(via grohloholic)



Breaking The Male Code: After Steubenville, A Call To Action

 (Left to Right): Peter Buffett, Jimmie Briggs, Joe Ehrmann, Tony Porter,
 Dave Zirin and Moderator Eve Ensler.


(via seriouslyamerica)


Had you ever seen Dave with short hair?! 

Photo by Stephen Stickler

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Dave and his i-wore-this-to-every-european-festival-in-the-early-2000s camouflage shorts

(via grohloholic)

Oh the OXFORD dictionary disagrees with me about the definition of racism?? Wouldn’t you know, the dictionary created by white men benefits the narrative of white innocence and black guilt.


funny how that works.

#bye #tryagain #anyfurtherquestions?

(via theracismrepellent)



Hole - Miss World

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(via grohloholic)

The only reason that I make music now is because Flea and Anthony had the belief in me that they had when I rejoined the band.
Because I’d play with other people around that time, like Perry Farrell, but he couldn’t see it as the future. He had no belief in me. He just knew what I was at one time, and what I was now, which was significantly less than what I had been. Whereas Flea and Anthony saw what I could be. They had a vision. I don’t even know that they knew what I could be. To them, they just thought I was great right then. They just thought the sound of us playing together is the greatest thing in the world. It’s just a chemistry that’s there. I don’t think they were thinking, “Oh, in five months he’ll be good.” They were thinking, “This is the greatest thing in the world right now.

John Frusciante (Austin Chronicle, 2004)

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(via obscurebowiereferences)


i won’t forget you but i’m over you now

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I think I might have broken my finger reblogging this. 


He’s done and said some fucked up shit but this joke was on point.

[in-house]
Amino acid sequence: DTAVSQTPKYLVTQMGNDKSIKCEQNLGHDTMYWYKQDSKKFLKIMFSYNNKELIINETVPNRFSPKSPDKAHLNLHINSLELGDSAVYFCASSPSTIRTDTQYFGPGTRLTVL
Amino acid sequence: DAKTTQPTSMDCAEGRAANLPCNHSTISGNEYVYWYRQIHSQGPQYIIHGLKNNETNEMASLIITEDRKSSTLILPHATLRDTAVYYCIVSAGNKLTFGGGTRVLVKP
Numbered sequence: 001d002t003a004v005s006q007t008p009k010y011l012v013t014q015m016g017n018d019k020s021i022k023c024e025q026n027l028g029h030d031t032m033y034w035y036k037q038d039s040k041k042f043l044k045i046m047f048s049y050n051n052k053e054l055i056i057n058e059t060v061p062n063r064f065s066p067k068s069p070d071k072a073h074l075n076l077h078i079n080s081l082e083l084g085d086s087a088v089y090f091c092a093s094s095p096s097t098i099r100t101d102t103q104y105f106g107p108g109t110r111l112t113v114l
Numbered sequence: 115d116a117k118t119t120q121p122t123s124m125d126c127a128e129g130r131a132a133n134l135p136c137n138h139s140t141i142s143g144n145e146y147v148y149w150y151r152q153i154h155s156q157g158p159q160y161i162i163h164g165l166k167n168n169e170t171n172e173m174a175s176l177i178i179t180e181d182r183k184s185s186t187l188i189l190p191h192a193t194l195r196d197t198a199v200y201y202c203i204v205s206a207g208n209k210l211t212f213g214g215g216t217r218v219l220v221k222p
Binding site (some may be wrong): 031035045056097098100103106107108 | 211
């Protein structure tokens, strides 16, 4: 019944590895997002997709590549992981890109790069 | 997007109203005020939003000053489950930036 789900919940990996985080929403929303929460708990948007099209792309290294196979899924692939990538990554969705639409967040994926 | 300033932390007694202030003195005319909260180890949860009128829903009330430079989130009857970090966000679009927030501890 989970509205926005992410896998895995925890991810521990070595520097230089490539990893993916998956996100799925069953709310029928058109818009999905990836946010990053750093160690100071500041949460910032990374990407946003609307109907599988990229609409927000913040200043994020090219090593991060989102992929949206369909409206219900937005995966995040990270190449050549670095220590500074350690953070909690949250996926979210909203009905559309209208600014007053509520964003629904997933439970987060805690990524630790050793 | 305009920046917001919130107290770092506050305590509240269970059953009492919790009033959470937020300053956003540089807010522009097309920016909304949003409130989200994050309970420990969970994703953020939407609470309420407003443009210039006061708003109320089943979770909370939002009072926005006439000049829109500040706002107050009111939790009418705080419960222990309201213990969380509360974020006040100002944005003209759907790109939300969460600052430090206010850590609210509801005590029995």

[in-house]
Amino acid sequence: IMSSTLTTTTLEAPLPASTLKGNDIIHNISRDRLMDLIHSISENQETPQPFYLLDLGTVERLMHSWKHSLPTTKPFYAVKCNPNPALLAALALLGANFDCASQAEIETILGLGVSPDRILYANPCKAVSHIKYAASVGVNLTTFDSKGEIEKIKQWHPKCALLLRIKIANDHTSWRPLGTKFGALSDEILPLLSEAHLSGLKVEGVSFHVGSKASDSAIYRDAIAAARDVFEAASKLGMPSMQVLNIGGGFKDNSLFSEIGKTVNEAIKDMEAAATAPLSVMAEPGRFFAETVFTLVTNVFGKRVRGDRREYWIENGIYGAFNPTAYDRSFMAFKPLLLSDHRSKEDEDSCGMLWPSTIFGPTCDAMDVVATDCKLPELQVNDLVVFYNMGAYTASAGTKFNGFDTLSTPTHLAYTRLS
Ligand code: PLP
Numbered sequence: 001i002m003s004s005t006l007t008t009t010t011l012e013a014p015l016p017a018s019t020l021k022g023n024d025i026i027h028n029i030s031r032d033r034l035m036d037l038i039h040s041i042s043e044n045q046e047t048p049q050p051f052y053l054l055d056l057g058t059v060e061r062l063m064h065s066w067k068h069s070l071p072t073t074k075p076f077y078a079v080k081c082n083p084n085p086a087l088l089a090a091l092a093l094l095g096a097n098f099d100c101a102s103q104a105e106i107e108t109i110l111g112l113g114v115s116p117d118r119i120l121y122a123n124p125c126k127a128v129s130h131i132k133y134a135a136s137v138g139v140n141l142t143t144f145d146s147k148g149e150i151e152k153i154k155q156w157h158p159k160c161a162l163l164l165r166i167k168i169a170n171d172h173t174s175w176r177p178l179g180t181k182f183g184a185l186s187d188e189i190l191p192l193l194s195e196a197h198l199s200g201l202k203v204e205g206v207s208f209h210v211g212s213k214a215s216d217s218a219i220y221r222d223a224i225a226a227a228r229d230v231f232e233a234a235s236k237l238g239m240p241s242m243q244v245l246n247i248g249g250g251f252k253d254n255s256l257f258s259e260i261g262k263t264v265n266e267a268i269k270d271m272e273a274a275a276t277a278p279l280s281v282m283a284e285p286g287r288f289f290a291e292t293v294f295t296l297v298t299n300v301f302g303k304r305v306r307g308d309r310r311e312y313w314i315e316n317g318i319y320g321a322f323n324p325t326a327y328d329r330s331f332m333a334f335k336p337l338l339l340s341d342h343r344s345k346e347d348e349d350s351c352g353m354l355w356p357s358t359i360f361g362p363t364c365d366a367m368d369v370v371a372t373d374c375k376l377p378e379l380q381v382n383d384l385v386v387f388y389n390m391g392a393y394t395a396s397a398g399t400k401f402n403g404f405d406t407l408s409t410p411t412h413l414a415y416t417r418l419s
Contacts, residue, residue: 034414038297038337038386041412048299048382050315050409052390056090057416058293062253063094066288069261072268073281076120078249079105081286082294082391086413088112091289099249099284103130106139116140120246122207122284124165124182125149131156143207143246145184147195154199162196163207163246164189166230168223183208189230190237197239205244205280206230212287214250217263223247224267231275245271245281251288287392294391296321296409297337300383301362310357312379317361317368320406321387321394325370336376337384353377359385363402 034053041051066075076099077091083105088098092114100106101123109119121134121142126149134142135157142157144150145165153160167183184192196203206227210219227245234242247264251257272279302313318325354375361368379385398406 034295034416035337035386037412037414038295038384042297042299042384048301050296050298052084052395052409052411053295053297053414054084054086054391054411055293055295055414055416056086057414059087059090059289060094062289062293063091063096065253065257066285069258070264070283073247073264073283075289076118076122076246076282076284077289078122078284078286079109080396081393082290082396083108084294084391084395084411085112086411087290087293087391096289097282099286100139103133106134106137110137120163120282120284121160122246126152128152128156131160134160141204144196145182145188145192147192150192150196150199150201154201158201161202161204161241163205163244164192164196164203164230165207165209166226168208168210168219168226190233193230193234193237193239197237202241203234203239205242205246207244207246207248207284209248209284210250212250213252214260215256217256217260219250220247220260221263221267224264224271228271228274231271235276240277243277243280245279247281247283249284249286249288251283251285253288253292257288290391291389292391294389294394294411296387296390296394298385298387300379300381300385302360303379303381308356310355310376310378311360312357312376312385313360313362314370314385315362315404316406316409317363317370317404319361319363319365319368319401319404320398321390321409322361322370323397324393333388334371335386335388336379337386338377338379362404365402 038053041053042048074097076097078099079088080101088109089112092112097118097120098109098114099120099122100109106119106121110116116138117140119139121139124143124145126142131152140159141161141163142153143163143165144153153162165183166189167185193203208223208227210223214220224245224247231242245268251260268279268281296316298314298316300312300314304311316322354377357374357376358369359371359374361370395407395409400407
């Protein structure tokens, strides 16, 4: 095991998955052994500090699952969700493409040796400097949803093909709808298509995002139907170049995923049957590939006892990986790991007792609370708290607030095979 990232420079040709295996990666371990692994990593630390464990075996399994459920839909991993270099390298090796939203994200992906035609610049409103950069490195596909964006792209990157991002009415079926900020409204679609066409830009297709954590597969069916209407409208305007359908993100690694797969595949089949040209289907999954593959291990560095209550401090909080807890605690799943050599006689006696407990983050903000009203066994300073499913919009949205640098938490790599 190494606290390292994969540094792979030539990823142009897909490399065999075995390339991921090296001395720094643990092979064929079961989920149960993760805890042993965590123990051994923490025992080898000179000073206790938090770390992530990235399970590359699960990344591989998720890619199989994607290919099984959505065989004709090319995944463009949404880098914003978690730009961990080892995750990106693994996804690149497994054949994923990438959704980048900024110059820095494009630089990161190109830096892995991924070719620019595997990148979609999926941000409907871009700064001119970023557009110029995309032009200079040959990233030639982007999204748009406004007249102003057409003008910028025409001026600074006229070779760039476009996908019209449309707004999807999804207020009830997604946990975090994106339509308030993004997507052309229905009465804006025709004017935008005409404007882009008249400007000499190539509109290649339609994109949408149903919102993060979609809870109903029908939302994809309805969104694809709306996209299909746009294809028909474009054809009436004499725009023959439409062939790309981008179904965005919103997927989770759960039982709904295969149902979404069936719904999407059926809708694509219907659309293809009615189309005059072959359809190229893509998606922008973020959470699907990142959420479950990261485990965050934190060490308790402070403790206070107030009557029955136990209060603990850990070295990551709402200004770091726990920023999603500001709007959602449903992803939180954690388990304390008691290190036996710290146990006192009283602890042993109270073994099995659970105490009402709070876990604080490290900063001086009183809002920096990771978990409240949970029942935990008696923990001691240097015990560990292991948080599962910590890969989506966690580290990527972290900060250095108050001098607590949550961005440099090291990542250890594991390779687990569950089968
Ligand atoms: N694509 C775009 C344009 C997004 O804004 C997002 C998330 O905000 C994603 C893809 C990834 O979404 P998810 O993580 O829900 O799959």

Throughout the I’m With You World Tour, David Mushegain interviewed and photographed fans from all corners of the globe. 
This November, RED HOT CHILI PEPPERS: FANDEMONIUM, a fan appreciation book, will be released via @Running Press.

(via fanaticbychoice)





One would assume that scientists, who are trained to think objectively, are completely immune to gender discrimination. However, a recent Yale study by Corinne Moss-Racusin and colleagues suggests otherwise.

The researchers created a fictional student and sent out the student’s application to science professors at top, research-intensive universities in the United States. The professors were asked to evaluate how competent this student was, how likely they would be to hire the student, how much they would pay this student, and how willing they would be to mentor the student. All of the applications sent out were identical, except for the fact that half were for a male applicant, John, and half were for a female applicant, Jennifer. Results showed that, with statistical significance, both male and female faculty at these institutions were biased towards male students over female students.

Data from the study shows that on average, science faculty was willing to pay the male applicant about $4,000 more per year. 

"The gender gap doesn’t exist" 

"We don’t need feminism" 

"Maybe he just worked harder"

"*any MRA bullshit*"

I had to read this study for class. It is thorough as fuck.

(via godtie)



This week, India became the first Asian nation to reach Mars when its orbiter entered the planet’s orbit on Wednesday — and this is the picture that was seen around the world to mark this historic event. It shows a group of female scientists at the Indian Space Research Organization (ISRO) congratulating one another on the mission’s success. 

The picture was widely shared on Twitter where Egyptian journalist and women’s rights activist Mona El-Tahawy tweeted: “Love this pic so much. When was the last time u saw women scientists celebrate space mission?” 

In most mission room photos of historic space events or in films about space, women are rarely seen, making this photo both compelling and unique. Of course, ISRO, like many technical agencies, has far to go in terms of achieving gender balance in their workforce. As Rhitu Chatterjee of PRI’s The World observed in an op-ed, only 10 percent of ISRO’s engineers are female.

This fact, however, Chatterjee writes, is “why this new photograph of ISRO’s women scientists is invaluable. It shatters stereotypes about space research and Indian women. It forces society to acknowledge and appreciate the accomplishments of female scientists. And for little girls and young women seeing the picture, I hope it will broaden their horizons, giving them more options for what they can pursue and achieve.” 

To read Chatterjee’s op-ed on The World, visit http://bit.ly/1u3fvGZ

Photo credit: Manjunath Kiran/AFP/Getty Images

- A Mighty Girl

Guys this is the coolest thing ever and this makes me proud to be an Indian lady and everyone needs to know about this RIGHT NOW

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